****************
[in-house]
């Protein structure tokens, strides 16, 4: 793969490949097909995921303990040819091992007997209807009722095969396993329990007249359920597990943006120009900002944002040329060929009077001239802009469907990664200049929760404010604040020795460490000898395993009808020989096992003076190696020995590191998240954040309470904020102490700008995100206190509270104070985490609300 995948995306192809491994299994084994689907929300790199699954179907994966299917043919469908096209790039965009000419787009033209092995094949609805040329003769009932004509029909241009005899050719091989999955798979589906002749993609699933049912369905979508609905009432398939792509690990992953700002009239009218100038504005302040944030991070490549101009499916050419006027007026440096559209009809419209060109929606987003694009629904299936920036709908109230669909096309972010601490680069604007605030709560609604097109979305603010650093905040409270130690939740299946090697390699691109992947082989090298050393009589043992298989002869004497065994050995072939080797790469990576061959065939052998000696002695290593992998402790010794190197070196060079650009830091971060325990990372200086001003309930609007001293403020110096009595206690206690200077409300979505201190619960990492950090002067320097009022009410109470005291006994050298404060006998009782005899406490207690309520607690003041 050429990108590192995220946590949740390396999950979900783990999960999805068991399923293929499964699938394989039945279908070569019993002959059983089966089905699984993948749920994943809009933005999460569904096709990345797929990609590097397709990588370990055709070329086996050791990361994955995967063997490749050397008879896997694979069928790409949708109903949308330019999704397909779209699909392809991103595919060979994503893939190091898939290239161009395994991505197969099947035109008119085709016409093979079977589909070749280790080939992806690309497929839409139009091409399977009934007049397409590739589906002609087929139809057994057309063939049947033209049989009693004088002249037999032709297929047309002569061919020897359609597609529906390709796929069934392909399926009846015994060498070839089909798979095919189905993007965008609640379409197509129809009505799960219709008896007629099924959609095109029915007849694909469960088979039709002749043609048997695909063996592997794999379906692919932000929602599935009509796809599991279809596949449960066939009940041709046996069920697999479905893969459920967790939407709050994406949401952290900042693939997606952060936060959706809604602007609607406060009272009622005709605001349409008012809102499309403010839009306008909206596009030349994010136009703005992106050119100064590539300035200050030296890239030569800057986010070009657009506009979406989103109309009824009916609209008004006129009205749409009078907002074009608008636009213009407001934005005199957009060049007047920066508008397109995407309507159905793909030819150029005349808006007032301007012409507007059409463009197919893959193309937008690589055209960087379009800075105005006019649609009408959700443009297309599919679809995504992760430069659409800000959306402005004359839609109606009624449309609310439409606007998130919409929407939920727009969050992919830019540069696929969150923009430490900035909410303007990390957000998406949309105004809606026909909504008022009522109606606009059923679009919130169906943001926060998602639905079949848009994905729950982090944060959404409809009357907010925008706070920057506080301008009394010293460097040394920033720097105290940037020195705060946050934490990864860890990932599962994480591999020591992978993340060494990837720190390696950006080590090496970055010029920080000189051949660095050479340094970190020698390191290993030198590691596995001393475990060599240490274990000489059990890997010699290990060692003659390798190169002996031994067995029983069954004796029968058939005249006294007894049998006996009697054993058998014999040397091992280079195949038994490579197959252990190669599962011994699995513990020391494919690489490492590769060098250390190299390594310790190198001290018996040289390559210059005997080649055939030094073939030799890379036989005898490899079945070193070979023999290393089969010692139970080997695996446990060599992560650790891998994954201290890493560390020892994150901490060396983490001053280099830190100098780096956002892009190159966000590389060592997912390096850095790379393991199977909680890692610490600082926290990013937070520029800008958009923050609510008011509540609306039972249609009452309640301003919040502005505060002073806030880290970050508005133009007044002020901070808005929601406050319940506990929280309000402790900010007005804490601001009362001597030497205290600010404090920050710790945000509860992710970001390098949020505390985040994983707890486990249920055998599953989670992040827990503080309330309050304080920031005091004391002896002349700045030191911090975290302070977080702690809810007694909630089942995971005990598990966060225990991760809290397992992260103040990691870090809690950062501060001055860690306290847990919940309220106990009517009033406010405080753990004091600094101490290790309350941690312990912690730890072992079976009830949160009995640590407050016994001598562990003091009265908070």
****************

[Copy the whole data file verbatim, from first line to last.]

[in-house]
């Protein structure tokens, strides 16, 4: 793969490949097909995921303990040819091992007997209807009722095969396993329990007249359920597990943006120009900002944002040329060929009077001239802009469907990664200049929760404010604040020795460490000898395993009808020989096992003076190696020995590191998240954040309470904020102490700008995100206190509270104070985490609300 995948995306192809491994299994084994689907929300790199699954179907994966299917043919469908096209790039965009000419787009033209092995094949609805040329003769009932004509029909241009005899050719091989999955798979589906002749993609699933049912369905979508609905009432398939792509690990992953700002009239009218100038504005302040944030991070490549101009499916050419006027007026440096559209009809419209060109929606987003694009629904299936920036709908109230669909096309972010601490680069604007605030709560609604097109979305603010650093905040409270130690939740299946090697390699691109992947082989090298050393009589043992298989002869004497065994050995072939080797790469990576061959065939052998000696002695290593992998402790010794190197070196060079650009830091971060325990990372200086001003309930609007001293403020110096009595206690206690200077409300979505201190619960990492950090002067320097009022009410109470005291006994050298404060006998009782005899406490207690309520607690003041 050429990108590192995220946590949740390396999950979900783990999960999805068991399923293929499964699938394989039945279908070569019993002959059983089966089905699984993948749920994943809009933005999460569904096709990345797929990609590097397709990588370990055709070329086996050791990361994955995967063997490749050397008879896997694979069928790409949708109903949308330019999704397909779209699909392809991103595919060979994503893939190091898939290239161009395994991505197969099947035109008119085709016409093979079977589909070749280790080939992806690309497929839409139009091409399977009934007049397409590739589906002609087929139809057994057309063939049947033209049989009693004088002249037999032709297929047309002569061919020897359609597609529906390709796929069934392909399926009846015994060498070839089909798979095919189905993007965008609640379409197509129809009505799960219709008896007629099924959609095109029915007849694909469960088979039709002749043609048997695909063996592997794999379906692919932000929602599935009509796809599991279809596949449960066939009940041709046996069920697999479905893969459920967790939407709050994406949401952290900042693939997606952060936060959706809604602007609607406060009272009622005709605001349409008012809102499309403010839009306008909206596009030349994010136009703005992106050119100064590539300035200050030296890239030569800057986010070009657009506009979406989103109309009824009916609209008004006129009205749409009078907002074009608008636009213009407001934005005199957009060049007047920066508008397109995407309507159905793909030819150029005349808006007032301007012409507007059409463009197919893959193309937008690589055209960087379009800075105005006019649609009408959700443009297309599919679809995504992760430069659409800000959306402005004359839609109606009624449309609310439409606007998130919409929407939920727009969050992919830019540069696929969150923009430490900035909410303007990390957000998406949309105004809606026909909504008022009522109606606009059923679009919130169906943001926060998602639905079949848009994905729950982090944060959404409809009357907010925008706070920057506080301008009394010293460097040394920033720097105290940037020195705060946050934490990864860890990932599962994480591999020591992978993340060494990837720190390696950006080590090496970055010029920080000189051949660095050479340094970190020698390191290993030198590691596995001393475990060599240490274990000489059990890997010699290990060692003659390798190169002996031994067995029983069954004796029968058939005249006294007894049998006996009697054993058998014999040397091992280079195949038994490579197959252990190669599962011994699995513990020391494919690489490492590769060098250390190299390594310790190198001290018996040289390559210059005997080649055939030094073939030799890379036989005898490899079945070193070979023999290393089969010692139970080997695996446990060599992560650790891998994954201290890493560390020892994150901490060396983490001053280099830190100098780096956002892009190159966000590389060592997912390096850095790379393991199977909680890692610490600082926290990013937070520029800008958009923050609510008011509540609306039972249609009452309640301003919040502005505060002073806030880290970050508005133009007044002020901070808005929601406050319940506990929280309000402790900010007005804490601001009362001597030497205290600010404090920050710790945000509860992710970001390098949020505390985040994983707890486990249920055998599953989670992040827990503080309330309050304080920031005091004391002896002349700045030191911090975290302070977080702690809810007694909630089942995971005990598990966060225990991760809290397992992260103040990691870090809690950062501060001055860690306290847990919940309220106990009517009033406010405080753990004091600094101490290790309350941690312990912690730890072992079976009830949160009995640590407050016994001598562990003091009265908070």